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SEI-HCII Collaboration Explores Context-Aware Computing for Soldiers

May 2015 Podcast
Jeff Boleng, Dr. Anind Dey

Dr. Jeff Boleng and Dr. Anind Dey discuss joint research to understand the mission, role, and task of dismounted soldiers using context derived from sensors on them and their mobile devices.

About two years ago we got some funding to look at how can we more effectively share information in a group of soldiers. We developed a data model that would encapsulate the mission, role, and task of those soldiers. As we started sharing information, we started realizing that we can queue on the numerous sensors in mobile devices to do an even better job of delivering information. ” ”


Software Engineering Institute



As the number of sensors on smart phones continues to grow, these devices can automatically track data from the user's environment, including geolocation, time of day, movement, and other sensor data. Making sense of this data in an ethical manner that respects the privacy of smartphone users is just one of the many challenges faced by researchers. In this podcast, Dr. Anind Dey, director of the Human Computer Interaction Institute (HCII) at CMU, and Dr. Jeff Boleng, principal researcher at the SEI, introduce context-aware computing and discuss a collaboration to help dismounted soldiers using context derived from sensors on them and their mobile devices, to ensure that they have the information and sensor support they need to optimize their mission performance.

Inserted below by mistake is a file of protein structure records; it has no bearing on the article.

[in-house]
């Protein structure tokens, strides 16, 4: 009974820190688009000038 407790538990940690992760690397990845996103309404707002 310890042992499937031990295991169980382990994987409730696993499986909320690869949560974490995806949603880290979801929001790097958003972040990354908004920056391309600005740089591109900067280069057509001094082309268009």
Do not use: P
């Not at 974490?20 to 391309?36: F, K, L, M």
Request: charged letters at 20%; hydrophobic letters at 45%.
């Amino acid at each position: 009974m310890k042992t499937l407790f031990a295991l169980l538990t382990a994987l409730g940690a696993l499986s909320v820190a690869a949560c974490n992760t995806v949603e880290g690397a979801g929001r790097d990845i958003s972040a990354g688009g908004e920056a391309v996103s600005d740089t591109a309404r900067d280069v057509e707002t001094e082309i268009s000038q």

About the Speaker

Jeff Boleng

Dr. Jeff Boleng is a principal researcher on the SEI's Advanced Mobile Systems team. His interest and experience span a wide gamut of computer science, from network protocols, operating systems, distributed computation, and embedded systems to numerical analysis, scientific computing, parallel processing, and concurrency.  

Dr. Anind Dey

Dr. Anind Dey is an early pioneer in context-aware computing and authored one of the seminal papers in the field entitled Understanding and Using Context. We have provided a link to that paper in our transcript. In his research, Dr. Dey uses sensors in mobile technology to develop tools and techniques for understanding and modeling human behavior, primarily within the domains of health, automotive, sustainability and education. One of his projects, dwellSense, uses sensors to monitor daily activities of older people to detect physical or cognitive decline; using computer vision and other tools to detect behavior disorders such as autism; and automobile navigation systems that adapt to an individual’s preferences.